After the War on Crime: Race, Democracy, and a New Reconstruction by Mary Frampton, Ian Lopez, and Jonathan Simon. The volume's immediate goal is to spark a fresh conversation about the war on crime and its consequences; its long-term aspiration is to develop a clear understanding of how we got here and of where we should go.
Water War in the Klamath Basin: Macho Law, Combat Biology, and Dirty Politics by Holly D. Doremus and A. Dan Tarlock. Water War in the Klamath Basin explores common elements fundamental to natural resource conflicts that must be overcome if conflicts are to be resolved. It is a fascinating look at a topic of importance for anyone concerned with the management, use, and conservation of increasingly limited natural resources.
Judgment Calls: Principle and Politics in Constitutional Law by Daniel A. Farber and Suzanna Sherry. The authors explain how judicial discretion can be exercised responsibly, describe the existing constraints that guide and cabin such discretion, and suggest improvements.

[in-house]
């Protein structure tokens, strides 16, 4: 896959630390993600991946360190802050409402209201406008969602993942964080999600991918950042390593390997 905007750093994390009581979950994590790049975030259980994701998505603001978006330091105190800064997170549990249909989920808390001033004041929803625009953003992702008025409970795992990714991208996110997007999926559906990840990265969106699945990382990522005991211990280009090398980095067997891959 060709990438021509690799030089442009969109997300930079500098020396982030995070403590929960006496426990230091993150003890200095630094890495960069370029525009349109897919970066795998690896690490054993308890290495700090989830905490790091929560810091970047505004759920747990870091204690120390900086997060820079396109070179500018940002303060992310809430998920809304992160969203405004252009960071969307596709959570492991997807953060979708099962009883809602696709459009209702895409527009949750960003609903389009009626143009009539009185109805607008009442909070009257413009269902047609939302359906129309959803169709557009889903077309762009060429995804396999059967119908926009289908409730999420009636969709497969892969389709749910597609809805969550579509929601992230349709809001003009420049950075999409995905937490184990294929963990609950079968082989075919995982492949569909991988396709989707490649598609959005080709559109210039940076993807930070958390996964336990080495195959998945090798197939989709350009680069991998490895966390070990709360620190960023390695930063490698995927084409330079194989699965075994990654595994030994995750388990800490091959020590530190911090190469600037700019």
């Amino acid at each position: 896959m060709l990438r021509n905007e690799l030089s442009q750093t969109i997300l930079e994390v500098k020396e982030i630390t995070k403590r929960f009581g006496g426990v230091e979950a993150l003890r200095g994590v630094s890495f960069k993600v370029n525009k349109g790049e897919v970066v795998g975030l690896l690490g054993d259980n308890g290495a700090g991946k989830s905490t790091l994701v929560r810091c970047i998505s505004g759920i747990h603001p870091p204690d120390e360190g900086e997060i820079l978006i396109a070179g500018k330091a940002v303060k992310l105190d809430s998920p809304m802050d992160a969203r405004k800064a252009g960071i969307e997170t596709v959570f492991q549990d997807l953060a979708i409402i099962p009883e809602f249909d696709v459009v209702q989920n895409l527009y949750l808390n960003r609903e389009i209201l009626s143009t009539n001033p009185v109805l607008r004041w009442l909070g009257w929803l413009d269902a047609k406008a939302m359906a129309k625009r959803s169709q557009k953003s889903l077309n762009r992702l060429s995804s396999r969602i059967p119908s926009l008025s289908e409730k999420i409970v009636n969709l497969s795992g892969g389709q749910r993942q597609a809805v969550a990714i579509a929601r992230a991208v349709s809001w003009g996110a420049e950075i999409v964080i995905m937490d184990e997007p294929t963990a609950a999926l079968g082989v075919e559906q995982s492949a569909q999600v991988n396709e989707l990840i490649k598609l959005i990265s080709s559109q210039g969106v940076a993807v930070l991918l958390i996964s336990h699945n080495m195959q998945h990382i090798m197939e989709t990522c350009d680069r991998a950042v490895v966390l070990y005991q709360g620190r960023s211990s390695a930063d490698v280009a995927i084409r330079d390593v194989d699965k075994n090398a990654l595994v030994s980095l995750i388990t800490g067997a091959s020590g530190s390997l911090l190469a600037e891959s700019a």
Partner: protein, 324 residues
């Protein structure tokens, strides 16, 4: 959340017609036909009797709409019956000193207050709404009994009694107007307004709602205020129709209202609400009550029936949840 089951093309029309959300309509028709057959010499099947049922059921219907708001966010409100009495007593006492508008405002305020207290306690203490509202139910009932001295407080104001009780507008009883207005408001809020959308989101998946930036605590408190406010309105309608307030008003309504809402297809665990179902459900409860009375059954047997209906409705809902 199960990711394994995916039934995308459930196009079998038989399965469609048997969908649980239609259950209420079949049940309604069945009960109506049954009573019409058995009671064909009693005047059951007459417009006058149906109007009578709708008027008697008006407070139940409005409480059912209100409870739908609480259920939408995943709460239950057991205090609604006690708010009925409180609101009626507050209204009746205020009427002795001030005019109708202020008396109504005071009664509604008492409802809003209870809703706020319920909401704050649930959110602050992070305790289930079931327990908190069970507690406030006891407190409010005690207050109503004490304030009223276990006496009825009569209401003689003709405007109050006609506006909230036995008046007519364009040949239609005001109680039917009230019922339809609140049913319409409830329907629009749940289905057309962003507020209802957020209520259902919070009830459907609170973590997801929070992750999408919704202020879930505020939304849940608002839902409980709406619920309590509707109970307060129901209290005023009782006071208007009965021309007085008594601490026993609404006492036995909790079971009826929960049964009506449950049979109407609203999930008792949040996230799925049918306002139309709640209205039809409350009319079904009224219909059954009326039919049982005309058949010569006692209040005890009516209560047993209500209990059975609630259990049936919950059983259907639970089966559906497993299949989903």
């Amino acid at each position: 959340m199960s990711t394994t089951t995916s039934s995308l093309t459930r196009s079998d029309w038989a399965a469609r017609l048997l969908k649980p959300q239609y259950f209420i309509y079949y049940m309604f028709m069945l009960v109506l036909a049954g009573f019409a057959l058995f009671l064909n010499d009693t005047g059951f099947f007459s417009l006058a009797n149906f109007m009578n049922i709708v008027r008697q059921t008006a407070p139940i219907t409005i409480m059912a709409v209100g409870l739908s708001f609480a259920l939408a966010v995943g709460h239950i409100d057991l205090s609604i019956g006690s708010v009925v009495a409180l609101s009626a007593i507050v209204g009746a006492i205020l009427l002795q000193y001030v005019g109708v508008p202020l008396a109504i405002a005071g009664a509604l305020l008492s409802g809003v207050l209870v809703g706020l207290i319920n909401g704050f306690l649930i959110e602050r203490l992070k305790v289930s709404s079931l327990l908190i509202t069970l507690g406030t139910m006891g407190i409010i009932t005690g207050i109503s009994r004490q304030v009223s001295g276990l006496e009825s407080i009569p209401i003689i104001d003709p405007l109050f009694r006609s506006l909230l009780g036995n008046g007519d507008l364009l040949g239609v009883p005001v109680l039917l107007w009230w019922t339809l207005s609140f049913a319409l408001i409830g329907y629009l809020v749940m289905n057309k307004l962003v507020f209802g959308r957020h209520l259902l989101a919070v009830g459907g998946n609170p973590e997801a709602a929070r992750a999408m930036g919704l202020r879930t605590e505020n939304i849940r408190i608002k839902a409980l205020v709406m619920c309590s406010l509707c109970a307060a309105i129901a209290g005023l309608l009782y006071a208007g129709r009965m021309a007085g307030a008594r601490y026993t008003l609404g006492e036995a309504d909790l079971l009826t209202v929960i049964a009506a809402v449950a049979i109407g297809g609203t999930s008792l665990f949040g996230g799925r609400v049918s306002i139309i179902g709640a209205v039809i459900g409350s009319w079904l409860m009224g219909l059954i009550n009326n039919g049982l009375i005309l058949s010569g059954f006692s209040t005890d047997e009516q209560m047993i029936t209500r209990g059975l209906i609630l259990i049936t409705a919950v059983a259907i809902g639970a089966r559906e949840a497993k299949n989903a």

In Retained by the People, Professor Daniel Farber argues that Supreme Court "fundamental rights" decisions have overlooked the Ninth Amendment. By explaining the essentiality of the "silent" Ninth Amendment (which holds that stated Constitutional rights cannot infringe on others retained by the people), Farber outlines a powerful new judicial approach to cases involving our most fundamental freedoms.